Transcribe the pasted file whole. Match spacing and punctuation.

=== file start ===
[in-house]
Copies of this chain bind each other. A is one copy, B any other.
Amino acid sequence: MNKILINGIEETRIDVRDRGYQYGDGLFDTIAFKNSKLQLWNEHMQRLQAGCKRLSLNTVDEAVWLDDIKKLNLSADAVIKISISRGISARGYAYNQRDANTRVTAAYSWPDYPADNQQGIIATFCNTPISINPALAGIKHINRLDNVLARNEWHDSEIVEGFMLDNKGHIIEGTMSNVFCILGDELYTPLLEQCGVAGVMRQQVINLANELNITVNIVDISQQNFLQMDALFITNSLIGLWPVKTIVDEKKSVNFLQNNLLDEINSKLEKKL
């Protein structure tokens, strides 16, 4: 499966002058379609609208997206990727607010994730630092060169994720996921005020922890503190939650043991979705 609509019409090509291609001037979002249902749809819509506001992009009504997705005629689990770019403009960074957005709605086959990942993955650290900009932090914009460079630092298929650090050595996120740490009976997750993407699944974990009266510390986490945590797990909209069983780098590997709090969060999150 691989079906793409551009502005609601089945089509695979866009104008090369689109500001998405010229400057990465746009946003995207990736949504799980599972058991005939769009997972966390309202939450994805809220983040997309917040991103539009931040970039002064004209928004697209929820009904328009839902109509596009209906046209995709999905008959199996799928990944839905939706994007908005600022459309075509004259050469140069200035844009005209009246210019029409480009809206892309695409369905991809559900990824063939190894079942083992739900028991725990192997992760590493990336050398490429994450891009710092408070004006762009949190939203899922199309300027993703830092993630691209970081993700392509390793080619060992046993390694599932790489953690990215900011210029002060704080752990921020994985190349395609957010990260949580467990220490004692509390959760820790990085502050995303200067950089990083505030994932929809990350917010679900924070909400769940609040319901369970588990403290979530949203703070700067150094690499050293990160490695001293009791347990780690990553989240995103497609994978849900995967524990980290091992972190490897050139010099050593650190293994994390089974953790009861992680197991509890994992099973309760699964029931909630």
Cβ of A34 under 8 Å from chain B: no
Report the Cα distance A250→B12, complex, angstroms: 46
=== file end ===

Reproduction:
[in-house]
Copies of this chain bind each other. A is one copy, B any other.
Amino acid sequence: MNKILINGIEETRIDVRDRGYQYGDGLFDTIAFKNSKLQLWNEHMQRLQAGCKRLSLNTVDEAVWLDDIKKLNLSADAVIKISISRGISARGYAYNQRDANTRVTAAYSWPDYPADNQQGIIATFCNTPISINPALAGIKHINRLDNVLARNEWHDSEIVEGFMLDNKGHIIEGTMSNVFCILGDELYTPLLEQCGVAGVMRQQVINLANELNITVNIVDISQQNFLQMDALFITNSLIGLWPVKTIVDEKKSVNFLQNNLLDEINSKLEKKL
């Protein structure tokens, strides 16, 4: 499966002058379609609208997206990727607010994730630092060169994720996921005020922890503190939650043991979705 609509019409090509291609001037979002249902749809819509506001992009009504997705005629689990770019403009960074957005709605086959990942993955650290900009932090914009460079630092298929650090050595996120740490009976997750993407699944974990009266510390986490945590797990909209069983780098590997709090969060999150 691989079906793409551009502005609601089945089509695979866009104008090369689109500001998405010229400057990465746009946003995207990736949504799980599972058991005939769009997972966390309202939450994805809220983040997309917040991103539009931040970039002064004209928004697209929820009904328009839902109509596009209906046209995709999905008959199996799928990944839905939706994007908005600022459309075509004259050469140069200035844009005209009246210019029409480009809206892309695409369905991809559900990824063939190894079942083992739900028991725990192997992760590493990336050398490429994450891009710092408070004006762009949190939203899922199309300027993703830092993630691209970081993700392509390793080619060992046993390694599932790489953690990215900011210029002060704080752990921020994985190349395609957010990260949580467990220490004692509390959760820790990085502050995303200067950089990083505030994932929809990350917010679900924070909400769940609040319901369970588990403290979530949203703070700067150094690499050293990160490695001293009791347990780690990553989240995103497609994978849900995967524990980290091992972190490897050139010099050593650190293994994390089974953790009861992680197991509890994992099973309760699964029931909630």
Cβ of A34 under 8 Å from chain B: no
Report the Cα distance A250→B12, complex, angstroms: 46